Coventry Building Society have recently introduced the Grid Card as a simple form of 2-factor authentication. It replaces memorable words in the login process. Now the idea is that you require something you know (i.e. your password) and something you have (i.e. the Grid Card) to log in - 2 things = 2 factors. For more about authentication see this post . How does it work? Very simply is the answer. During the log in process, you will be asked to enter the digits at 3 co-ordinates. For example: c3, d2 and j5 would mean that you enter 5, 6 and 3 (this is the example Coventry give). Is this better than a secret word? Yes, is the short answer. How many people will choose a memorable word that someone close to them could guess? Remember, that this isn't a password as such, it is expected to be a word and a word that means something to the user. The problem is that users cannot remember lots of passwords, so remembering two would be difficult. Also, having two passwords isn't real

How Reliable is RAID?

We all know that when we want a highly available and reliable server we install a RAID solution, but how reliable actually is that? Well, obviously, you can work it out quite simply as we will see below, but before you do, you have to know what sort of RAID are you talking about, as some can be less reliable than a single disk. The most common types are RAID 0, 1 and 5. We will look at the reliability of each using real disks for the calculations, but before we do, let's recap on what the most common RAID types are. Common Types of RAID RAID 0 is the Stripe set, which consists of 2 or more disks with data written in equal sized blocks to each of the disks. This is a fast way of reading and writing data to disk, but it gives you no redundancy at all. In fact, RAID 0 is actually less reliable than a single disk, as all the disks are in series from a reliability point of view. If you lose one disk in the array, you've lost the whole thing. RAID 0 is used purely to speed up dis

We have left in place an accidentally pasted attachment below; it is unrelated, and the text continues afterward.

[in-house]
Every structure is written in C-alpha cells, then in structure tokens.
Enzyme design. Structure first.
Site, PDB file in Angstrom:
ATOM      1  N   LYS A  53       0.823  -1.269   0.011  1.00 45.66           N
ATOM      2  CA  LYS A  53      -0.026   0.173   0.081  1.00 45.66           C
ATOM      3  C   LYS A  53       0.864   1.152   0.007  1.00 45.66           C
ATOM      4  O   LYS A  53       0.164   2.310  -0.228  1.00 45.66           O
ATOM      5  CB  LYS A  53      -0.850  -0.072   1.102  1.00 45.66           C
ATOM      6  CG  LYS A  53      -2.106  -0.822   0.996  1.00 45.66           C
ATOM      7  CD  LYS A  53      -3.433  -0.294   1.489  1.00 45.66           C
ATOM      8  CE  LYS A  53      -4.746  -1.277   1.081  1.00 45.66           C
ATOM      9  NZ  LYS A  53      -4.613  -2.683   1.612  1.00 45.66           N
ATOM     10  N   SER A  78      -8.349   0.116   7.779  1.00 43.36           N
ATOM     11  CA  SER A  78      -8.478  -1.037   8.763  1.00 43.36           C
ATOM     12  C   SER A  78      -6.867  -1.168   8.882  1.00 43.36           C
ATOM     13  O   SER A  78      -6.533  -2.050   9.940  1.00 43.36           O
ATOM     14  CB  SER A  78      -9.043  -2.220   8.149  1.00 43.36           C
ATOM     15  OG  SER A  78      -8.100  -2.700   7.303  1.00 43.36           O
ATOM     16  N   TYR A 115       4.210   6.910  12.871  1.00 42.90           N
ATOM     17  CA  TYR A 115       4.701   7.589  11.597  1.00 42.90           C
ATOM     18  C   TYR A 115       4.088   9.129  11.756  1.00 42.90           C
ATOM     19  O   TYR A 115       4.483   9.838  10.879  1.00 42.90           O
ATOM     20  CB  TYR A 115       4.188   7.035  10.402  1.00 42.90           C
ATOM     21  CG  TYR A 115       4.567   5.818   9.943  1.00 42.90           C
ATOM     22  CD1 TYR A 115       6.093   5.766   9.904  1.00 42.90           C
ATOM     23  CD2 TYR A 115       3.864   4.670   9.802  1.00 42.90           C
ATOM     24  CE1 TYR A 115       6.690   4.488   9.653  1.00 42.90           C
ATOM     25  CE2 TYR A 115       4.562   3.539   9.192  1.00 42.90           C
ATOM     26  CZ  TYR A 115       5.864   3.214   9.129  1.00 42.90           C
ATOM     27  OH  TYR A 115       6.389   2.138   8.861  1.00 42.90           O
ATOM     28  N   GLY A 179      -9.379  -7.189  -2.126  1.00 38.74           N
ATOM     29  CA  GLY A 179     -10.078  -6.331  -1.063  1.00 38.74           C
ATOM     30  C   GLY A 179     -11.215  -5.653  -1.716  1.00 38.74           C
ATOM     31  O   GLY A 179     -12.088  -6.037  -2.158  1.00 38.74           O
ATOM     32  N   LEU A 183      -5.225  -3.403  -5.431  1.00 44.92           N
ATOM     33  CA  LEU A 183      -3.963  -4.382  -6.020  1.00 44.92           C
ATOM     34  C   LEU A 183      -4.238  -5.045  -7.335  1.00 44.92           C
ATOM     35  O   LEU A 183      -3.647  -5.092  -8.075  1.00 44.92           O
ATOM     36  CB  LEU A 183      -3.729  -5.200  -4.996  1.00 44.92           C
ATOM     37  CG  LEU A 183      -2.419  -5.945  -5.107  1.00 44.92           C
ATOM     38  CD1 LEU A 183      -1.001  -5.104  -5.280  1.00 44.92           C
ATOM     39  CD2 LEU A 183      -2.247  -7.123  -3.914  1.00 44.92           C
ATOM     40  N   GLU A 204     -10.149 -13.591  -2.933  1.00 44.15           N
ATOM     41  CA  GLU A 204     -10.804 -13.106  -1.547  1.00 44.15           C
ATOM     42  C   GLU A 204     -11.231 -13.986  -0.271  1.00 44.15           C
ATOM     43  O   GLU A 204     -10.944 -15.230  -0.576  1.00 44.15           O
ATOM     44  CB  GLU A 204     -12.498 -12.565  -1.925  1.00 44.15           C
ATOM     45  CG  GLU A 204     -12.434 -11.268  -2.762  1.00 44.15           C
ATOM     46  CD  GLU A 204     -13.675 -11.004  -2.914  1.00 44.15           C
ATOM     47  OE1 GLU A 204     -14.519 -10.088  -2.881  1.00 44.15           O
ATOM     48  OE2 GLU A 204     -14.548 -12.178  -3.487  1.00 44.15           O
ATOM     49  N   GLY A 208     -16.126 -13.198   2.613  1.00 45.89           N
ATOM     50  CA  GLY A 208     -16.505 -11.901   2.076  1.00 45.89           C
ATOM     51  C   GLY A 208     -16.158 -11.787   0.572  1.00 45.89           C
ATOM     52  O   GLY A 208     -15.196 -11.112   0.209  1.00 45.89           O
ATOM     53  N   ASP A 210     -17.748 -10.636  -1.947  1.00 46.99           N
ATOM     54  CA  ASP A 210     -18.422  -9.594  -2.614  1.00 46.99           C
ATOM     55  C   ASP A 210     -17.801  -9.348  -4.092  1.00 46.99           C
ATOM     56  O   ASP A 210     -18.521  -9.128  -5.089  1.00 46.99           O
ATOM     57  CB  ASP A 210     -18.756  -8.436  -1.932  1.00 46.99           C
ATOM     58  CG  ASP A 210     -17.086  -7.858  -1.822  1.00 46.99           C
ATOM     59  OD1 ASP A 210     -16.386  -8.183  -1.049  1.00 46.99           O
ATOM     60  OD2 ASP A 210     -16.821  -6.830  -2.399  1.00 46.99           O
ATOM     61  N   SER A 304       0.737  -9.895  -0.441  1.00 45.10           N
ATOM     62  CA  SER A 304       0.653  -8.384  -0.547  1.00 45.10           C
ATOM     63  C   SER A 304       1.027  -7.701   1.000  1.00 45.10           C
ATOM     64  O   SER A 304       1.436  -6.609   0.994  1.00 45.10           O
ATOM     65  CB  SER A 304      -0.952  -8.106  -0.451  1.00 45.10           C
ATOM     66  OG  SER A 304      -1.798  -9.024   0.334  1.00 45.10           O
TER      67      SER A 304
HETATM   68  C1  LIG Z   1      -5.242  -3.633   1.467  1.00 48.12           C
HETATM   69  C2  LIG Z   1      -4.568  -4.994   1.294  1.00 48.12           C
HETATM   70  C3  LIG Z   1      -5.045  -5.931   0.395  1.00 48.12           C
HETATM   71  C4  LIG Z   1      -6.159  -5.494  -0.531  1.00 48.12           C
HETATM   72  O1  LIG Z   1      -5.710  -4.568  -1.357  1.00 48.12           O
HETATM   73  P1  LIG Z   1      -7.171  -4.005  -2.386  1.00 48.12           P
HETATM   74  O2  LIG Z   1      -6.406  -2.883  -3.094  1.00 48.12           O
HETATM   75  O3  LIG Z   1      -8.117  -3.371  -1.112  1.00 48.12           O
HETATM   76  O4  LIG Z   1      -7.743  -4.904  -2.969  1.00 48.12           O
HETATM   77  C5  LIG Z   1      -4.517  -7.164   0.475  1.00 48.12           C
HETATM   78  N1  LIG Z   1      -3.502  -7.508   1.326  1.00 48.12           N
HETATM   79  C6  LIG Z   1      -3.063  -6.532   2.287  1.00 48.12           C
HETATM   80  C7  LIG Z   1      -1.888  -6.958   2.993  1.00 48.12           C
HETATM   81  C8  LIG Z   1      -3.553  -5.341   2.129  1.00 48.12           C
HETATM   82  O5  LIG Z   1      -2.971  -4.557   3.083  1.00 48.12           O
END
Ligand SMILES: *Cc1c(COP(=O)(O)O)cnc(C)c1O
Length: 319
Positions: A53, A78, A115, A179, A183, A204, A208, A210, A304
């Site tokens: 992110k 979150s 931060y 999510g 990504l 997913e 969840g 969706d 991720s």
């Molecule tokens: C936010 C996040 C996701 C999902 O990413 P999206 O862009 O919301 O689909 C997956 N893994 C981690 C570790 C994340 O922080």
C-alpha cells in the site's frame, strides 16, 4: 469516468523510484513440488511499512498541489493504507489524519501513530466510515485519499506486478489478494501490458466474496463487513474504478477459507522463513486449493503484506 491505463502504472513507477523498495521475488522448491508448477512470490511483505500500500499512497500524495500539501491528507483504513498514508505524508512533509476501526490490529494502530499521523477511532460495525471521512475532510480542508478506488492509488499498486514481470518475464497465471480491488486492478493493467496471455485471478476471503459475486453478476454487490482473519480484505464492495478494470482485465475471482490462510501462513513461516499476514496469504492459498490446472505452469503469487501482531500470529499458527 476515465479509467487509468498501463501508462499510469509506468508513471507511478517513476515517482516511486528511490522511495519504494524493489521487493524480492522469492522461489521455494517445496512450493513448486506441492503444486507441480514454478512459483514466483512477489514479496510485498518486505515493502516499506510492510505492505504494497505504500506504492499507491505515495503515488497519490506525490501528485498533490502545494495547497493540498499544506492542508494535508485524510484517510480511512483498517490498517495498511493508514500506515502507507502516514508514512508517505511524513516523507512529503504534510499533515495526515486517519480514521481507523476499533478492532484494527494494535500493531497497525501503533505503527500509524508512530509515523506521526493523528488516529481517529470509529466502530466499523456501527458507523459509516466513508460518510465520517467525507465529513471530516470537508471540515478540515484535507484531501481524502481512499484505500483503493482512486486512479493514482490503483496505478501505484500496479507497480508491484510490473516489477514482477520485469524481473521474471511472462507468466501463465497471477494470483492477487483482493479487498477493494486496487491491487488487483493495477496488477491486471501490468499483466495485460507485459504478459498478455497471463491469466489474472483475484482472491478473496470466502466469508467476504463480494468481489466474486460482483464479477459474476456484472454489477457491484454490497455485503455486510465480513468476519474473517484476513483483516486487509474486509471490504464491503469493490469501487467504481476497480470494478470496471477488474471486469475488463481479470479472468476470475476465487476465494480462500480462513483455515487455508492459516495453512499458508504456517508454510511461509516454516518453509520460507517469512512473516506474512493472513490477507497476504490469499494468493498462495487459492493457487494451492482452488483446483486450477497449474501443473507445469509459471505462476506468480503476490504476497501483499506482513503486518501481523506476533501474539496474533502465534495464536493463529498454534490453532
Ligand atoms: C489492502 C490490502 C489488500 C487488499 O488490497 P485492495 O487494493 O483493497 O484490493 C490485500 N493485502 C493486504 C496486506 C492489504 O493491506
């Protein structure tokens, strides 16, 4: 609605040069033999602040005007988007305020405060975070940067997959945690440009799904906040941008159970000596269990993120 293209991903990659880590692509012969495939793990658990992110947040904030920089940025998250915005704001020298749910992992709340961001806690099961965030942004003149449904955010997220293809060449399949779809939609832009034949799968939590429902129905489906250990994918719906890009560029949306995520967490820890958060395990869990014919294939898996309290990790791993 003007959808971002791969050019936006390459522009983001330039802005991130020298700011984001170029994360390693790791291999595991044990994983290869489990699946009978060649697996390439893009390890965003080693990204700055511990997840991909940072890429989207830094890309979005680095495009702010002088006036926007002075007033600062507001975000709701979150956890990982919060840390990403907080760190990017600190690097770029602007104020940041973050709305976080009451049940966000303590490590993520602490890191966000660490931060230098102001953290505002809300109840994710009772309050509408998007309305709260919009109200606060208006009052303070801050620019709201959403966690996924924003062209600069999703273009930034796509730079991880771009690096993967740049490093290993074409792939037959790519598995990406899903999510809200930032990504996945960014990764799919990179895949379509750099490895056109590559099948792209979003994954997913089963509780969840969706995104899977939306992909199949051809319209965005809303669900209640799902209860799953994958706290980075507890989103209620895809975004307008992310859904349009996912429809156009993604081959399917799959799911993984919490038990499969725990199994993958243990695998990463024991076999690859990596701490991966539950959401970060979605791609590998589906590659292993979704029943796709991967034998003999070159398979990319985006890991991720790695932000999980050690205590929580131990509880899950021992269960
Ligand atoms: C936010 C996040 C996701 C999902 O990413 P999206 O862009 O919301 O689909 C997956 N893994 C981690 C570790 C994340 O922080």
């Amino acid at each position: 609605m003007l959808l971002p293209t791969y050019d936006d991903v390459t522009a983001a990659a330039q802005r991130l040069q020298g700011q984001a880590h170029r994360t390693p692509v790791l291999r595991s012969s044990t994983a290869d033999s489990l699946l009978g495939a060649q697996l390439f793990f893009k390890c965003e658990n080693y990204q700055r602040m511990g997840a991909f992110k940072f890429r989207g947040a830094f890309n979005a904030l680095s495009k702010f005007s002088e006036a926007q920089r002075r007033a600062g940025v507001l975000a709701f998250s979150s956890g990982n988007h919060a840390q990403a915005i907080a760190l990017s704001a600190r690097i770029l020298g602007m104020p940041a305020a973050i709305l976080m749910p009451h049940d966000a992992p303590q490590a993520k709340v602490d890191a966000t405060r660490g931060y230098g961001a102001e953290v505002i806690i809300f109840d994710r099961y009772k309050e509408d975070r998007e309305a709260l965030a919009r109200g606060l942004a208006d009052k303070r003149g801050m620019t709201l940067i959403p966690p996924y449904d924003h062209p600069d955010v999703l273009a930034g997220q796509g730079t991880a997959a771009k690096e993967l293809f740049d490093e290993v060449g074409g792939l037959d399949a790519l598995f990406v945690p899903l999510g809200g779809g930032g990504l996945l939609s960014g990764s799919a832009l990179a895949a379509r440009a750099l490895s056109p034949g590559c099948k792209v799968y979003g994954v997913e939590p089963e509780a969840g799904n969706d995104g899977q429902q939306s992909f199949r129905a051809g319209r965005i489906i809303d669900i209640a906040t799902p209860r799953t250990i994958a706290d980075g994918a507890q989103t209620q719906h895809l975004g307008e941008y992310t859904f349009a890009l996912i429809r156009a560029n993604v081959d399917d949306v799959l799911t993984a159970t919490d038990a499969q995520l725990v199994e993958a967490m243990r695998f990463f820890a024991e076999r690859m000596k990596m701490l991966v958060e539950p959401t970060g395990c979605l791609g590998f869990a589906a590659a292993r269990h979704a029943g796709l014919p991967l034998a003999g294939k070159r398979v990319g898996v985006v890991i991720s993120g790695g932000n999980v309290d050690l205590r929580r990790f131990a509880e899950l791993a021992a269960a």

Proposed Pseudo-Code for Hacking Process

It is quite common in Information Systems to use pseudo code to describe a process. I have often thought that the same principle can be applied to the process of hacking an organisation, which may help people understand the process and how to protect themselves. Below is my proposal for this pseduo-code for the hacking process. This is very much a work in progress. I would welcome feedback on it and I will update it as suggestions are made or as I feel it needs revising. organisation = proposed target organisation. footprint (value, effort, risk) profit = value - (effort * risk) if profit > 0 then   organisation. enumerate ()    select attack_type      case DoS        engage_botnet (myBotnet)       myBotnet. launchDDoS (organisation)      case Access       organisation. gainAccess (myAccount)       myAccount. Elevate ()       organisation. installBackdoor (myAccount)       organisation. cleanUP ()    end select else   exit end if This highlights the fact tha